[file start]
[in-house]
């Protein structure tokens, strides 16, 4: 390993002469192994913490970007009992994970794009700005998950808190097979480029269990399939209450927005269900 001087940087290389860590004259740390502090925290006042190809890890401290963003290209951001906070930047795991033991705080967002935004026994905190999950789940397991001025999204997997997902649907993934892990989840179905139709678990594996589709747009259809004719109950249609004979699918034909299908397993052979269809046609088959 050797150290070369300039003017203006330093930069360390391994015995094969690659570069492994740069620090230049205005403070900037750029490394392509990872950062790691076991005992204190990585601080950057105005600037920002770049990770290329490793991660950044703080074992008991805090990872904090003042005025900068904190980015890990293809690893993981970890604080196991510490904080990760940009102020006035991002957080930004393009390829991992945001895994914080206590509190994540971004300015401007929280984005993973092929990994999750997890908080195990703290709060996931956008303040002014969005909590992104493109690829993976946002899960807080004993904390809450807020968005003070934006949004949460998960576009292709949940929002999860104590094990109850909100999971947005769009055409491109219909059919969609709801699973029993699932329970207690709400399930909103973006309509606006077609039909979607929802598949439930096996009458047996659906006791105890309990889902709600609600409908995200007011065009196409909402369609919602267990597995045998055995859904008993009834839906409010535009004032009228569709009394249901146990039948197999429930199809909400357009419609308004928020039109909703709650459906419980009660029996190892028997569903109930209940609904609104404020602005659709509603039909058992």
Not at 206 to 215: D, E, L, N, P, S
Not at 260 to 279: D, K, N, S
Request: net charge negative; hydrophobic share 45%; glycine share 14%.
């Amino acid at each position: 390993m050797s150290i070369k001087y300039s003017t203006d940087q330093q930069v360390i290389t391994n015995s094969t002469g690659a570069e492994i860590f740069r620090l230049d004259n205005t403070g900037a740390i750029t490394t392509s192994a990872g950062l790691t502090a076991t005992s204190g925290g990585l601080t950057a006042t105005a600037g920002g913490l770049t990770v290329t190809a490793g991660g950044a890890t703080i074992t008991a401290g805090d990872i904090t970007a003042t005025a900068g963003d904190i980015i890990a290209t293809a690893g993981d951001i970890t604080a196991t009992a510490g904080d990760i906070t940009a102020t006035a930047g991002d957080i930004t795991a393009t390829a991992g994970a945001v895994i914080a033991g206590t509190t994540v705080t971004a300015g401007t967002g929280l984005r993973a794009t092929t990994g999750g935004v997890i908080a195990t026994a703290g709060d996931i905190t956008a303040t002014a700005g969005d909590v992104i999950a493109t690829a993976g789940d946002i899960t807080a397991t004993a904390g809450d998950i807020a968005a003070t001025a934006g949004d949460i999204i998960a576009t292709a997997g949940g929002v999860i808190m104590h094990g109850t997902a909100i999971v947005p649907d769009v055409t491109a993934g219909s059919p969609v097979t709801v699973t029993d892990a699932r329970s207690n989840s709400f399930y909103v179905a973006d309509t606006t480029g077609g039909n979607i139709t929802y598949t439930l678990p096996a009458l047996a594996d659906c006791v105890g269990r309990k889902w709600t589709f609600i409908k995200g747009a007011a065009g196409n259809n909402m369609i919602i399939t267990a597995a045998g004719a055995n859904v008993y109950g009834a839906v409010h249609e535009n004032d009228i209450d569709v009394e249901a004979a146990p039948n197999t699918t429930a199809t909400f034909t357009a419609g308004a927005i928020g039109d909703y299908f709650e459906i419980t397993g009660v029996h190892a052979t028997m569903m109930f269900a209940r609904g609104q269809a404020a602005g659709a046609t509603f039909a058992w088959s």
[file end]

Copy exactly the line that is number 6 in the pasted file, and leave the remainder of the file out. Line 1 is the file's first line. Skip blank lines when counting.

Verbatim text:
């Amino acid at each position: 390993m050797s150290i070369k001087y300039s003017t203006d940087q330093q930069v360390i290389t391994n015995s094969t002469g690659a570069e492994i860590f740069r620090l230049d004259n205005t403070g900037a740390i750029t490394t392509s192994a990872g950062l790691t502090a076991t005992s204190g925290g990585l601080t950057a006042t105005a600037g920002g913490l770049t990770v290329t190809a490793g991660g950044a890890t703080i074992t008991a401290g805090d990872i904090t970007a003042t005025a900068g963003d904190i980015i890990a290209t293809a690893g993981d951001i970890t604080a196991t009992a510490g904080d990760i906070t940009a102020t006035a930047g991002d957080i930004t795991a393009t390829a991992g994970a945001v895994i914080a033991g206590t509190t994540v705080t971004a300015g401007t967002g929280l984005r993973a794009t092929t990994g999750g935004v997890i908080a195990t026994a703290g709060d996931i905190t956008a303040t002014a700005g969005d909590v992104i999950a493109t690829a993976g789940d946002i899960t807080a397991t004993a904390g809450d998950i807020a968005a003070t001025a934006g949004d949460i999204i998960a576009t292709a997997g949940g929002v999860i808190m104590h094990g109850t997902a909100i999971v947005p649907d769009v055409t491109a993934g219909s059919p969609v097979t709801v699973t029993d892990a699932r329970s207690n989840s709400f399930y909103v179905a973006d309509t606006t480029g077609g039909n979607i139709t929802y598949t439930l678990p096996a009458l047996a594996d659906c006791v105890g269990r309990k889902w709600t589709f609600i409908k995200g747009a007011a065009g196409n259809n909402m369609i919602i399939t267990a597995a045998g004719a055995n859904v008993y109950g009834a839906v409010h249609e535009n004032d009228i209450d569709v009394e249901a004979a146990p039948n197999t699918t429930a199809t909400f034909t357009a419609g308004a927005i928020g039109d909703y299908f709650e459906i419980t397993g009660v029996h190892a052979t028997m569903m109930f269900a209940r609904g609104q269809a404020a602005g659709a046609t509603f039909a058992w088959s």